+contains vast amounts of `documentation`_.
The Django Git repository is located online at `github.com/django/django
-<https://github.com/django/django>`_. It contains the full source
-code for all Django releases, and you can browse it online.
+<https://github.com/django/django>`_. It contains the full source code for all
+Django releases, which you can browse online.
The Git repository includes several `branches`_:
@@ -39,11 +44,10 @@ The Git repository includes several `branches`_:
* ``attic/<project>`` branches were used to develop major or experimental new
features without affecting the rest of Django's code.
-The Git repository also contains `tags`_. They identify snapshots of Django's
-code at various important points in its history. Mostly these are the exact
-revisions from which packaged Django releases were produced.
+The Git repository also contains `tags`_. These are the exact revisions from
+which packaged Django releases were produced, since version 1.0.
-The source code for `Djangoproject.com <https://www.djangoproject.com/>`_ Web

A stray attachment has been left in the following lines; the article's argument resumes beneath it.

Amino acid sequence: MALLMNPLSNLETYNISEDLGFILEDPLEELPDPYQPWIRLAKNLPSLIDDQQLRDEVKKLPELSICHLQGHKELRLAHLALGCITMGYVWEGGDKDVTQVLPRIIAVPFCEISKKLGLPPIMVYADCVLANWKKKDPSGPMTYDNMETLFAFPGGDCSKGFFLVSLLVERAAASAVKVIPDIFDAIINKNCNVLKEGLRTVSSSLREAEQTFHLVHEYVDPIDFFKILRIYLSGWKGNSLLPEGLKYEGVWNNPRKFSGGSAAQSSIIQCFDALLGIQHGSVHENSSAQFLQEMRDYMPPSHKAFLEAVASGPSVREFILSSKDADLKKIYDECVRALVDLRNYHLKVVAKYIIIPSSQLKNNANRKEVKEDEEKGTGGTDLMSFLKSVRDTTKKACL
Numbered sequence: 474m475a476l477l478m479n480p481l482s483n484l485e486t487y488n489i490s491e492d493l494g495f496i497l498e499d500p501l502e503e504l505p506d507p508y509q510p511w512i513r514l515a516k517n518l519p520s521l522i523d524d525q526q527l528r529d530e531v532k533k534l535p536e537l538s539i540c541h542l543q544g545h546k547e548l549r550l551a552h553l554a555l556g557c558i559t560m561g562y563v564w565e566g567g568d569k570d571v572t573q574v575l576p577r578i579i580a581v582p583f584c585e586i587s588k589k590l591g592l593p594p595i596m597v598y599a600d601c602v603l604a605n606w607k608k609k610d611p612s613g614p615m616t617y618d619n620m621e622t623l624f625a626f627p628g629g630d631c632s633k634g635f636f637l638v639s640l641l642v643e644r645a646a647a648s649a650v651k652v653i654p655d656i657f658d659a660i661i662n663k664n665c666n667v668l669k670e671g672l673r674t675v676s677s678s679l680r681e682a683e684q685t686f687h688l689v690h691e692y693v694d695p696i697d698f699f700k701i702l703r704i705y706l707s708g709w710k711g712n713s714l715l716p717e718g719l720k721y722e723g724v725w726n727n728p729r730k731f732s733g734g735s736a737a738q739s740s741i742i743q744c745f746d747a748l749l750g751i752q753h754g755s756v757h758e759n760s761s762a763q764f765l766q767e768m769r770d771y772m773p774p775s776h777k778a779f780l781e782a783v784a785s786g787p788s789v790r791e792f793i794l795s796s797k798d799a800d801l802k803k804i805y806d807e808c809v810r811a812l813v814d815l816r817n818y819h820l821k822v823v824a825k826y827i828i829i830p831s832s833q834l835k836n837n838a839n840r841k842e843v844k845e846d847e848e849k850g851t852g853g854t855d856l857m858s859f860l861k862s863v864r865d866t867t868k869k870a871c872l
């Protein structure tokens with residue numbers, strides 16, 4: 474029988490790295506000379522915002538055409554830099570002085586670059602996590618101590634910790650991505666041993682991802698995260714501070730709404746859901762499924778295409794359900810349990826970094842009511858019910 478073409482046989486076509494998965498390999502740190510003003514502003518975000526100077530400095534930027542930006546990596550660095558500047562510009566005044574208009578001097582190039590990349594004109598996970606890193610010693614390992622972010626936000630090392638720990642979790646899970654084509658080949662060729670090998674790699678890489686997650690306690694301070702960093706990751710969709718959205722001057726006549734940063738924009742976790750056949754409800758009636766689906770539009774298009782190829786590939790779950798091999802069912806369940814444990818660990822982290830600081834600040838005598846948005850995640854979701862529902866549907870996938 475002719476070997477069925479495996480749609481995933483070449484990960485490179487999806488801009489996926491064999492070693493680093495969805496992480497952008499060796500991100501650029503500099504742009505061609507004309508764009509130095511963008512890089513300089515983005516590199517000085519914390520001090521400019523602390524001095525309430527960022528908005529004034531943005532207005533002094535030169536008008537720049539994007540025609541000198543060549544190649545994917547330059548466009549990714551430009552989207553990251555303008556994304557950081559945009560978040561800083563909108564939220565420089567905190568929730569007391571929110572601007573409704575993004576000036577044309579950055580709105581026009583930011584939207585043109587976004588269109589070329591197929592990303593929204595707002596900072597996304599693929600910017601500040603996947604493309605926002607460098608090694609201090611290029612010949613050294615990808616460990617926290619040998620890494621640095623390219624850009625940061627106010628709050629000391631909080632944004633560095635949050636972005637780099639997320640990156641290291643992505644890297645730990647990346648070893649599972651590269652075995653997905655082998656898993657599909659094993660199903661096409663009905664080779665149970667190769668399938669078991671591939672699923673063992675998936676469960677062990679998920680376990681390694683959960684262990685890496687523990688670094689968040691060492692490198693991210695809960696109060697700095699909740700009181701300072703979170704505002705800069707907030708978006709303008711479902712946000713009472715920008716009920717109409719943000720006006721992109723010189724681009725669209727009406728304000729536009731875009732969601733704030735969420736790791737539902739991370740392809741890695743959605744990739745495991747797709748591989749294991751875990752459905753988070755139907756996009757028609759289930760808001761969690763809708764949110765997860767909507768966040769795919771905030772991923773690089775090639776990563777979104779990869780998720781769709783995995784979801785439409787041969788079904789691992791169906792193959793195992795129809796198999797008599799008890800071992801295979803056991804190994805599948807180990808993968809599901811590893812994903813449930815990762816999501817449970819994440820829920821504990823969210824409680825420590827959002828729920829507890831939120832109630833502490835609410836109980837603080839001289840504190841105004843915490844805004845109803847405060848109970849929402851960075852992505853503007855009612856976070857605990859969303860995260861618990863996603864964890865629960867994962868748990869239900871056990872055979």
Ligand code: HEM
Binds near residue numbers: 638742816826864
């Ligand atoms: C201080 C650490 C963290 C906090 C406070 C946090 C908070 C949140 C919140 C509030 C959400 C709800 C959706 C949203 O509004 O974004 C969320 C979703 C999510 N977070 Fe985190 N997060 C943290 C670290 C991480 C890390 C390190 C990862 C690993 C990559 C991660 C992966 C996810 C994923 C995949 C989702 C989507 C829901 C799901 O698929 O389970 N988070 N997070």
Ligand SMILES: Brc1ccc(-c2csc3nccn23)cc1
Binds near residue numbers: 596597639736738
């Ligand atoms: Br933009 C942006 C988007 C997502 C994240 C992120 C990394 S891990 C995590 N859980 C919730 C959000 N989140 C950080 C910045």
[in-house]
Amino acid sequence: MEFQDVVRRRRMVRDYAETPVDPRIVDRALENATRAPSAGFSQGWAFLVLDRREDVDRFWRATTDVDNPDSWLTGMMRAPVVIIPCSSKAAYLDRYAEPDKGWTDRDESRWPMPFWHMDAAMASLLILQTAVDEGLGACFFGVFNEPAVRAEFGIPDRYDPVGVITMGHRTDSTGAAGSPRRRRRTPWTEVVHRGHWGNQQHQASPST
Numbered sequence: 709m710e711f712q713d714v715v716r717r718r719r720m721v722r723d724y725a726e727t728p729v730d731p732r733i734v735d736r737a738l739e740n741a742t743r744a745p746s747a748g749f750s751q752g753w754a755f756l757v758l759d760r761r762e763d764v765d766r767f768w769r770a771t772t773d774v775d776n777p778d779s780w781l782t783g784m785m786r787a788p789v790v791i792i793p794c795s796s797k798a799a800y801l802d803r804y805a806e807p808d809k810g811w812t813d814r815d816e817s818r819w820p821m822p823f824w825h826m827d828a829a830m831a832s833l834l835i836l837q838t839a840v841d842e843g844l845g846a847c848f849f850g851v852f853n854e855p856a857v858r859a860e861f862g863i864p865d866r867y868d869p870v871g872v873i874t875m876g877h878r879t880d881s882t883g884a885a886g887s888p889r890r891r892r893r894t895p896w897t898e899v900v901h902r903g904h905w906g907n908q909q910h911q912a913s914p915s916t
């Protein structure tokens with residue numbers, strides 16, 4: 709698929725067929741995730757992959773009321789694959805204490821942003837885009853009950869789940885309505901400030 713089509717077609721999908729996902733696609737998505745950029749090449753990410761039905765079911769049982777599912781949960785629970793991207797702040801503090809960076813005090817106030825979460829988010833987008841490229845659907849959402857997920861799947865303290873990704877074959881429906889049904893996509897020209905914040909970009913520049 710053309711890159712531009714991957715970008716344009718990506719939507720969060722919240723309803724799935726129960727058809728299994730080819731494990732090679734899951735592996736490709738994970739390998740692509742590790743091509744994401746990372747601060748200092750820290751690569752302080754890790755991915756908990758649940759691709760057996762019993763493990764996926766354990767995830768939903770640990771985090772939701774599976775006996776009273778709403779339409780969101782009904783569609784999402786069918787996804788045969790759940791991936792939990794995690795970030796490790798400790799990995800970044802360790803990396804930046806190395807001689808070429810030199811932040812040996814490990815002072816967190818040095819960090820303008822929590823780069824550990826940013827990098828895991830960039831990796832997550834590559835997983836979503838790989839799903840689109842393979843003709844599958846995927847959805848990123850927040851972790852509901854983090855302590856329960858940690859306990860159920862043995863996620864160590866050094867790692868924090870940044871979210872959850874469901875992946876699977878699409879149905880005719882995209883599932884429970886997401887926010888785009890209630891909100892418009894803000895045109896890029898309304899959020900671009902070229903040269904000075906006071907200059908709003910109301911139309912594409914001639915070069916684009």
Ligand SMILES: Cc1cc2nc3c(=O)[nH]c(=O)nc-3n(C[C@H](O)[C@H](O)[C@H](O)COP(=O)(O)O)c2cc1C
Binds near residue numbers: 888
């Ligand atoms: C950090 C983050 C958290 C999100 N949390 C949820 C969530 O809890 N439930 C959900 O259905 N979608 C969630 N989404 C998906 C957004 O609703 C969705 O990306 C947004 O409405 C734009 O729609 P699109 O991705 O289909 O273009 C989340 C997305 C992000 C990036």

+The source code for the `Djangoproject.com <https://www.djangoproject.com/>`_ web
site can be found at `github.com/django/djangoproject.com
<https://github.com/django/djangoproject.com>`_.
@@ -52,8 +56,8 @@ site can be found at `github.com/django/djangoproject.com
.. _branches: https://github.com/django/django/branches
.. _tags: https://github.com/django/django/tags
-Working with Django's master branch
-===================================
+The master branch
+=================
If you'd like to try out the in-development code for the next release of
Django, or if you'd like to contribute to Django by fixing bugs or developing
@@ -76,15 +80,15 @@ over to :doc:`the documentation for contributing to Django